The right to peaceful enjoyment of possessions is protected by Protocol 1, Article 1 of the Human Rights Act.

How might this right be relevant to my life?

This protects our right to enjoy our possessions without interference, deprivation, or control of these possessions by a government or public body.

‘Possessions’ means things like land, property and objects you own, as well as shares, pensions, money, and certain types of welfare benefits.

Some examples of when your right to peaceful enjoyment of possessions might be at risk include:

  • Blanket policies banning people from using their mobile phones while they are admitted to a mental health unit.
  • If staff in a health or care service confiscate personal objects as a form of punishment. This might also affect the right to be free from inhuman and degrading treatment (Article 3) and the right to private and family life (Article 8).
  • Policies on welfare benefits which have a worse impact on certain groups of people, such as carers, people with care and support needs, or survivors of domestic abuse.
  • Social housing providers failing to adequately maintain property which could result in serious harm to tenants.
  • If a public authority purchases property from an individual and does not pay them a fair amount for it.

Can my right to peaceful enjoyment of possessions be restricted by a public official?

Yes – our right to peaceful enjoyment of possessions is a non-absolute right. If a public official is deciding to restrict your right to peaceful enjoyment of possessions, they must go through a test. They must be able to show that their decision is:


There must be a law which allows public officials to interfere with your possessions.


The restriction has to be for a good reason. This could be to protect you or others from harm, to protect your other rights, or to protect other people’s rights.


They have thought about other things they could do, but there is no other way to protect you or other people. It must be the least restrictive option.

You can ask the public official about their decision or action and ask them to tell you how it was lawful, legitimate and proportionate.

If you can think of a way to deal with this situation or decision that is less restrictive to you then you can raise it with the public official as the decision may not be proportionate.

What duties do public officials have?

To respect your right: 

This means public officials should not interfere with your right to peaceful enjoyment of possessions, unless it is necessary and they can show that this is the case.

To protect your right: 

This means people working in public bodies should protect your right to peaceful enjoyment of possessions if they know, or they should know, that this right is at risk.

To fulfil your right: 

This means that when decisions are made about your right to peaceful enjoyment of possessions you must be treated fairly. When things go wrong they should be investigated and steps should be taken to try and stop the same thing happening again.

Josh’s story

Josh was an inpatient in a mental health hospital for children and young people. One Friday afternoon, Josh was told he must hand over his notebook, a new ward policy as there had been an incident on another ward that day. Josh was distraught. His notebook was where he wrote down how he felt, a way of managing day to day feelings. It was also where he liked to draw, something which contributed hugely to his health and wellbeing.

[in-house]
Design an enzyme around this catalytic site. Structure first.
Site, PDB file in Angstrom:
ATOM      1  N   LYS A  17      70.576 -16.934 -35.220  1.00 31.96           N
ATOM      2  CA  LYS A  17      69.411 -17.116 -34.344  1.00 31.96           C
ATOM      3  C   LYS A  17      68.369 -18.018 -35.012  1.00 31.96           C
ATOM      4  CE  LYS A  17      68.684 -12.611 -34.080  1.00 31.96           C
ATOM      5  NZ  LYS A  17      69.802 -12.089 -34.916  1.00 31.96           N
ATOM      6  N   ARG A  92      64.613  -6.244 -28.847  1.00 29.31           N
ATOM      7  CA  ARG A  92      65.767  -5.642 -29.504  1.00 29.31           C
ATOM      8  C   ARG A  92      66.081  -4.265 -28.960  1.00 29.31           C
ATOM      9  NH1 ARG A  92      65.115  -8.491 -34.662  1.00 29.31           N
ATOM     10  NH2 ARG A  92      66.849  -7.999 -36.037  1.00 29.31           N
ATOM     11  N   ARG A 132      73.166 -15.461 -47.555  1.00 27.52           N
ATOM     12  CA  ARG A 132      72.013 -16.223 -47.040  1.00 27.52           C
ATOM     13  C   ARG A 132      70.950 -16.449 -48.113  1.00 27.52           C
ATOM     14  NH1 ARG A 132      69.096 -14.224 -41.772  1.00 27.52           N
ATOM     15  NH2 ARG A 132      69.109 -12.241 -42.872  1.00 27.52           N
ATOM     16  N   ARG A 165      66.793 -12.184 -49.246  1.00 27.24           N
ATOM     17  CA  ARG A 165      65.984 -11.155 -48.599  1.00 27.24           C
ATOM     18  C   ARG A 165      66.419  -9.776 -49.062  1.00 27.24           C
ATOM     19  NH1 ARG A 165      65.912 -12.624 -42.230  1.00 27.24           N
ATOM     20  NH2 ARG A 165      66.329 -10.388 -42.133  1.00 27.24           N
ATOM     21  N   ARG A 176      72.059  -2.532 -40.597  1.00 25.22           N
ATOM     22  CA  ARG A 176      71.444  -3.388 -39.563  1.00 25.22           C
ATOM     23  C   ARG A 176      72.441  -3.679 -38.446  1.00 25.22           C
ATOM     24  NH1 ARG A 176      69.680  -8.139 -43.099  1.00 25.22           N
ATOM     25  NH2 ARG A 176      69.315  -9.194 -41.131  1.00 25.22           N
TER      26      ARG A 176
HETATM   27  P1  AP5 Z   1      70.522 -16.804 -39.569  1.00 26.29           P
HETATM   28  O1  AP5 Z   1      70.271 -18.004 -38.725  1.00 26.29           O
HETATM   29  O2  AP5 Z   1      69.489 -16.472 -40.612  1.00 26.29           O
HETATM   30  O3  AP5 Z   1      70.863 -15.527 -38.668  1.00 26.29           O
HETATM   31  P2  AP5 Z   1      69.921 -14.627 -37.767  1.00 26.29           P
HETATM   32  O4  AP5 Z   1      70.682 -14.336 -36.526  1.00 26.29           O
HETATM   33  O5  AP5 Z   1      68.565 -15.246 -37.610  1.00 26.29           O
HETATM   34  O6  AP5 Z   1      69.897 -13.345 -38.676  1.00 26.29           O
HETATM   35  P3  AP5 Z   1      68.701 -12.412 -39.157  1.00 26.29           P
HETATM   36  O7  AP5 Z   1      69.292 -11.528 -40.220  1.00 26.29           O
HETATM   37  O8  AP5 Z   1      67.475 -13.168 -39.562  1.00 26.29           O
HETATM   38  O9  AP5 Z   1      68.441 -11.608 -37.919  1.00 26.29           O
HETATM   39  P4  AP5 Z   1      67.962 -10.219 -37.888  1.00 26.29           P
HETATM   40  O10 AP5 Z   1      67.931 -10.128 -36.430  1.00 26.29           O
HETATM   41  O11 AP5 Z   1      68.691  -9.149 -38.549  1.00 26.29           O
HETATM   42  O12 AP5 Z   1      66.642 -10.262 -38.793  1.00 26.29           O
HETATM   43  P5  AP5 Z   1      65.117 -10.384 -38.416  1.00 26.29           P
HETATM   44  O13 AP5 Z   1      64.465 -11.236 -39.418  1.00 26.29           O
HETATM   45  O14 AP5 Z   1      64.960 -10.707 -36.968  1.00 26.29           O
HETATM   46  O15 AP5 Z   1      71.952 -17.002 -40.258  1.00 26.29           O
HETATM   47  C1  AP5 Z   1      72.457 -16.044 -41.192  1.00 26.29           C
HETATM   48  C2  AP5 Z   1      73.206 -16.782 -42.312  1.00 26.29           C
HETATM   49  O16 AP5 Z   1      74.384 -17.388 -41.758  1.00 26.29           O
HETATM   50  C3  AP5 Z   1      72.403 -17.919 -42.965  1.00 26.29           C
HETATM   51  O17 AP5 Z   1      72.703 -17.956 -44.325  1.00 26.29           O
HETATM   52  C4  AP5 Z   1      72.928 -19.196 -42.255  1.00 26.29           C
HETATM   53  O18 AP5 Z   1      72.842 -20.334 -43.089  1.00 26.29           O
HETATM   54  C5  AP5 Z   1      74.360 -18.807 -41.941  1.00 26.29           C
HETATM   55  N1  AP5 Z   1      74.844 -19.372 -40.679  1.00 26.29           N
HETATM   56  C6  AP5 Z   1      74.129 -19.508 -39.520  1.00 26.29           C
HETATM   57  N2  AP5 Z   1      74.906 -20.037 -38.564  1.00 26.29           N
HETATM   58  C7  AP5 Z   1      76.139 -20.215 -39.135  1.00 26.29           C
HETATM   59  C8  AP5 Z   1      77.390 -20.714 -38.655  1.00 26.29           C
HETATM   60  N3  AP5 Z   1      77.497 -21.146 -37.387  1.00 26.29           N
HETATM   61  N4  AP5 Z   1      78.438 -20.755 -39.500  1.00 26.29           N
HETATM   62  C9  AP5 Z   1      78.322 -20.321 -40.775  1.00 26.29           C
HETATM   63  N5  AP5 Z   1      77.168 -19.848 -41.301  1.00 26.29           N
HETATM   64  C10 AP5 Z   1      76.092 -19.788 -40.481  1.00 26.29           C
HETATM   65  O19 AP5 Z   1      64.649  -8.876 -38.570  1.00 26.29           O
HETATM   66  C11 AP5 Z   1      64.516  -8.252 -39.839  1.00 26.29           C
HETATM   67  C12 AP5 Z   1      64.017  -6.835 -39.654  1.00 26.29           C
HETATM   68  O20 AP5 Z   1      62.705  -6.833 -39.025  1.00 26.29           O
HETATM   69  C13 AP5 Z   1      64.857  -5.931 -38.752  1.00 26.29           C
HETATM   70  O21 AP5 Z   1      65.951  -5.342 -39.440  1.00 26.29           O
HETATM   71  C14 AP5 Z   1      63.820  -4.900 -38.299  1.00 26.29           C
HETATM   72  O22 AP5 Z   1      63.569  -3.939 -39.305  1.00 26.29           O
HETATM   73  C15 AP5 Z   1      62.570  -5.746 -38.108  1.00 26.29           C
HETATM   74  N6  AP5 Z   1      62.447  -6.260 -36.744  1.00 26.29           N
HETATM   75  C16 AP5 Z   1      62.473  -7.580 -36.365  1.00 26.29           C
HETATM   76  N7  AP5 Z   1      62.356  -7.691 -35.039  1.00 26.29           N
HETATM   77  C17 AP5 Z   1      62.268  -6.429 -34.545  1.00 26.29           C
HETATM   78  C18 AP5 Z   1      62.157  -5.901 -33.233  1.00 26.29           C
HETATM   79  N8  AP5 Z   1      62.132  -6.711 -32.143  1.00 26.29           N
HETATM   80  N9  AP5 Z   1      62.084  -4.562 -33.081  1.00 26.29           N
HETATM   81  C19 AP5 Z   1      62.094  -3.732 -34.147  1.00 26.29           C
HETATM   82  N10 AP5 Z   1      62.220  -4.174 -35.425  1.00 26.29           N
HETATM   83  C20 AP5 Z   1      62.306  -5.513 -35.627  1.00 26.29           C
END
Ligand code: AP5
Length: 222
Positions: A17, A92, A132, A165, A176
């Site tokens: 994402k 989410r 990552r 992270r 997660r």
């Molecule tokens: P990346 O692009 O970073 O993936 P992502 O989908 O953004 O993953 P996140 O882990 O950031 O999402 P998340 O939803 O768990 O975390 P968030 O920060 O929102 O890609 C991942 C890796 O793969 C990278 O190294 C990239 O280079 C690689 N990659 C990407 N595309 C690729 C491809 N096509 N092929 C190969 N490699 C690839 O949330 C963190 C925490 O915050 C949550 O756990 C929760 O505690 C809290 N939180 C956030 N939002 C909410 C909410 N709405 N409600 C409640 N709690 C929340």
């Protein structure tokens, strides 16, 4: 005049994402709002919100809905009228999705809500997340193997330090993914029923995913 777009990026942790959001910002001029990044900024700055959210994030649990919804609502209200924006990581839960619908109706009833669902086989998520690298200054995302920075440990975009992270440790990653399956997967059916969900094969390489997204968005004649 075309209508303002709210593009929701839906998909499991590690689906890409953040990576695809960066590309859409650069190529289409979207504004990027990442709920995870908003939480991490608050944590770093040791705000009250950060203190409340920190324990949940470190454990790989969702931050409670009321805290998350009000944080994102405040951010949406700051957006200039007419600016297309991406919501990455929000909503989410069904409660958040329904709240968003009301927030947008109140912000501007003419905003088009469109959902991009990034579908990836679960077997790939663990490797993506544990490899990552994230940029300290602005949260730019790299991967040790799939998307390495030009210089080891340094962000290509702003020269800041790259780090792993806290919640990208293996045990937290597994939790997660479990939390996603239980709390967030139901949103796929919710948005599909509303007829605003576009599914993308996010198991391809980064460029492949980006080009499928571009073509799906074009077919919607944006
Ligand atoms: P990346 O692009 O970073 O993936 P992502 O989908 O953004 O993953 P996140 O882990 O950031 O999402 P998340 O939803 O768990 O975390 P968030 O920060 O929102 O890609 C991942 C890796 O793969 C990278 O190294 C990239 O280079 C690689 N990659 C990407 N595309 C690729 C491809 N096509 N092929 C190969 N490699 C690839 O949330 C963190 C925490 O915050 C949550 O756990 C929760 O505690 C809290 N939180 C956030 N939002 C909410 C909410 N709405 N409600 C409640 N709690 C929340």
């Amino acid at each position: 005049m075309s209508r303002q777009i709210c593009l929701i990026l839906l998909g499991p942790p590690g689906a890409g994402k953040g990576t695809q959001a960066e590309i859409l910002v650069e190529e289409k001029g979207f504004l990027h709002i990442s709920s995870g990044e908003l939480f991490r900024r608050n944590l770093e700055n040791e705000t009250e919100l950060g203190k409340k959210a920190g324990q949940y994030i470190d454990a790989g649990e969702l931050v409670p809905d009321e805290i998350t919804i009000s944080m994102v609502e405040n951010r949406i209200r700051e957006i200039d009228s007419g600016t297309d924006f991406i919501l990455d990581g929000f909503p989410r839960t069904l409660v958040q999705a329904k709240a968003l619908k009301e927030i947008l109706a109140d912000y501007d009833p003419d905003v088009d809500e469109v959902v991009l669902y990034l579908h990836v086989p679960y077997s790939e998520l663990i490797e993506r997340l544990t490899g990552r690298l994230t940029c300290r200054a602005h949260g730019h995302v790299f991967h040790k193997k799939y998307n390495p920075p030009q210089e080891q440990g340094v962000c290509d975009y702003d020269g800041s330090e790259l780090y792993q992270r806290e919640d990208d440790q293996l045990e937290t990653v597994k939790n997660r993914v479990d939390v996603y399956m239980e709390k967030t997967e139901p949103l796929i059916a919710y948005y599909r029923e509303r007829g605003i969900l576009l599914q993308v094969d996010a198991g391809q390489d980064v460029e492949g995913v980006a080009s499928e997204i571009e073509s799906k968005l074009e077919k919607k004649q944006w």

Josh’s mum arrived to visit Josh later that day and found him in tears. She had been involved in a BIHR training course and asked ward staff whether there was a legitimate aim for taking away Josh’s journal. Staff explained it was a new ward policy. Josh’s mum told staff this was not the least restrictive response and it must be reviewed immediately.

The following day Josh’s journal was returned and a less restrictive process was put in place. Staff should from now on manage and review possessions on an individual basis and only when the person or others is at risk of harm.

Amanda’s story

Amanda and her son lived in a three-bedroom house which they rented through a social housing scheme. Amanda was a survivor of violent sexual crime, harassment and stalking by a former partner. To keep her and her son safe, the police referred them to a scheme which protects people at risk from severe forms of domestic abuse. The scheme adapted Amanda’s home by changing one of the bedrooms into a panic room.

Amanda received Housing Benefit to rent her home. Following the change in legislation in 2012, often referred to as the “bedroom tax”, Amanda’s Housing Benefit was reduced by 14% as she was considered to have one more bedroom than she is entitled to. Because of the reduction, Amanda’s Housing Benefit no longer meets the cost of her rent.

Amanda claimed that she had been discriminated against based on her gender as a victim of gender-based violence in conjunction with her right to peaceful enjoyment of possessions. The Court agreed that treating Amanda, or others in a similar situation, the same as others subject to the “bedroom tax” was a disproportionate interference with her right to peaceful enjoyment of possessions. The Court also said that governments and public bodies have a duty to protect people from threats from others, including in situations where an individual’s right to the enjoyment of his or her home free of violent disturbance was at stake.

(J.D. and A v. the United Kingdom [2019] ECHR 753)

These stories are real but people’s names have been changed.